The film is based on an 1880 Hungarian play that is broken into four acts. The act breaks still carry over from the play into the silent film cards that help narrate the film The Undesirable. Yet, unlike the works of Charlie Chaplin, who supplied comedy and heart to his moving pictures, Curtiz brings to the screen a dark story about a woman trying to find her place in the world.
The Undesirable, which is really an odd title and may be too literally translated, is the tale of Betty (Lili Berky), who on her father’s death bed discovers her life is a lie. Her father turns out to be her Uncle who raised Betty after her mother, Sarah (Mari Jászai), killed her father in a fit of jealously. With nowhere to turn now, Betty heads out into the world to find a job and make her way. She comes under the employment of the Kontra family and works in the house as their maid. They have a son named Nick (Victor Varconi), who falls for Betty and all it all looks like it will work out until the family jewels go missing. Betty is blamed, Nick doesn’t stand up for her, and she is forced to serve out her sentence in her home town.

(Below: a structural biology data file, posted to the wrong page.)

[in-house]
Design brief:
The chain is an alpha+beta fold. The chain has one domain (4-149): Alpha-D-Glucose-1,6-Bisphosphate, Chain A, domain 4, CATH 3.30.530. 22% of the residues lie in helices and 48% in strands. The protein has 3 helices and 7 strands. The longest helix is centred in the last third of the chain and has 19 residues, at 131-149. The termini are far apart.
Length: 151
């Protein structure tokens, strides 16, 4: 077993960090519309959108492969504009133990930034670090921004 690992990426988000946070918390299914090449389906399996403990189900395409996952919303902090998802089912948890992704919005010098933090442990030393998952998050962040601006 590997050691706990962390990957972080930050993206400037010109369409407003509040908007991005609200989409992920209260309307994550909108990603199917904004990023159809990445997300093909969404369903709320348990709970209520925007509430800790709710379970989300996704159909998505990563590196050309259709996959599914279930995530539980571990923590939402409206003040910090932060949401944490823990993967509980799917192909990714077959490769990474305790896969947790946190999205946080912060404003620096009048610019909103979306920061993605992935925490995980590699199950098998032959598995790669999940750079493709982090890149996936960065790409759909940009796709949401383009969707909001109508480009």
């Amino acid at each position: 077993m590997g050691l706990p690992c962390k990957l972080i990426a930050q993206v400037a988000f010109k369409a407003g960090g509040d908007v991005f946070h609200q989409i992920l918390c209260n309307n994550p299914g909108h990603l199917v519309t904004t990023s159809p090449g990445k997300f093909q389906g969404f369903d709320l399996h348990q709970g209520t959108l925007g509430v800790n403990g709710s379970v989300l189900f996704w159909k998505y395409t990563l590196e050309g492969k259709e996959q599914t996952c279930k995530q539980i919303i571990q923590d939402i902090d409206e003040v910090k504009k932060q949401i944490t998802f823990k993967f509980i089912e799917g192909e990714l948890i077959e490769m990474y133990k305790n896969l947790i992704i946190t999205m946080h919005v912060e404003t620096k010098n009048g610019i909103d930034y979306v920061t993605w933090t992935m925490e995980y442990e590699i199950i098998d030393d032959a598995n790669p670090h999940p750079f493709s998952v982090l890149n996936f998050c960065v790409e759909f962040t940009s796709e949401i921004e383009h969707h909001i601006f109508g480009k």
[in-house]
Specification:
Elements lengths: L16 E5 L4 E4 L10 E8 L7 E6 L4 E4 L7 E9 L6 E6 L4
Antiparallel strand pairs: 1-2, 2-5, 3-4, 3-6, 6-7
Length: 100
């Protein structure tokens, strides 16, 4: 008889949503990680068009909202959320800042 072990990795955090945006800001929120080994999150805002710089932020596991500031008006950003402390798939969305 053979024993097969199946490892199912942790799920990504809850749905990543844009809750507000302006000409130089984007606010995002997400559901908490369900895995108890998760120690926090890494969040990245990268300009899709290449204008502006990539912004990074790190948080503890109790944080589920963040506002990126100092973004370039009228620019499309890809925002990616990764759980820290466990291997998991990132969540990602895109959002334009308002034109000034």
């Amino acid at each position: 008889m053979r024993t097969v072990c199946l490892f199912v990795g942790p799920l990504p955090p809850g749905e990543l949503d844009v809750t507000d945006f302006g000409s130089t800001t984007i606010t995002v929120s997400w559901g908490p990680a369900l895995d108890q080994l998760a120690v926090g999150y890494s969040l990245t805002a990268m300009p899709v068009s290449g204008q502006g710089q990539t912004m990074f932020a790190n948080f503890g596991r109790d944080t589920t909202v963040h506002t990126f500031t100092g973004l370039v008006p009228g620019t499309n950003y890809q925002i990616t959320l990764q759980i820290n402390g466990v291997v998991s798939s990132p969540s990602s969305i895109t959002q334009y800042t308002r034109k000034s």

As this was originally a play, all our characters meet one another at some point and only the audience knows that the homeless old fortune teller is Betty’s mother, Nick needs to find his manhood to win Betty, and the old vagabond is the key to a happy ending. The story plays out as it should with pit falls and near misses at both revelations and redemptions. However, it is when Betty learns that Sarah is her mother that the films takes a dark turn. A turn that is so simple and oddly strange all because of where cinema was at that time. Moving pictures were to entertain and delight people with their science of capturing an image on screen. Here, we get a tragic tale of a woman that is simply trying to find her happiness in the world. The effect of that moment with her mother, on Betty, was incredibly profound and not what I expected at all. Clearly, Curtiz had the gift all the way back in 1914 as a master storyteller.
The frills on this Blu-ray are nonexistent. Sadly, there are no film historian commentaries, documentaries about the film’s place in history, or even its restoration. Upon seeing The Undesirable, you will realize that the film itself is the greatest frill to your Michael Curtiz collection.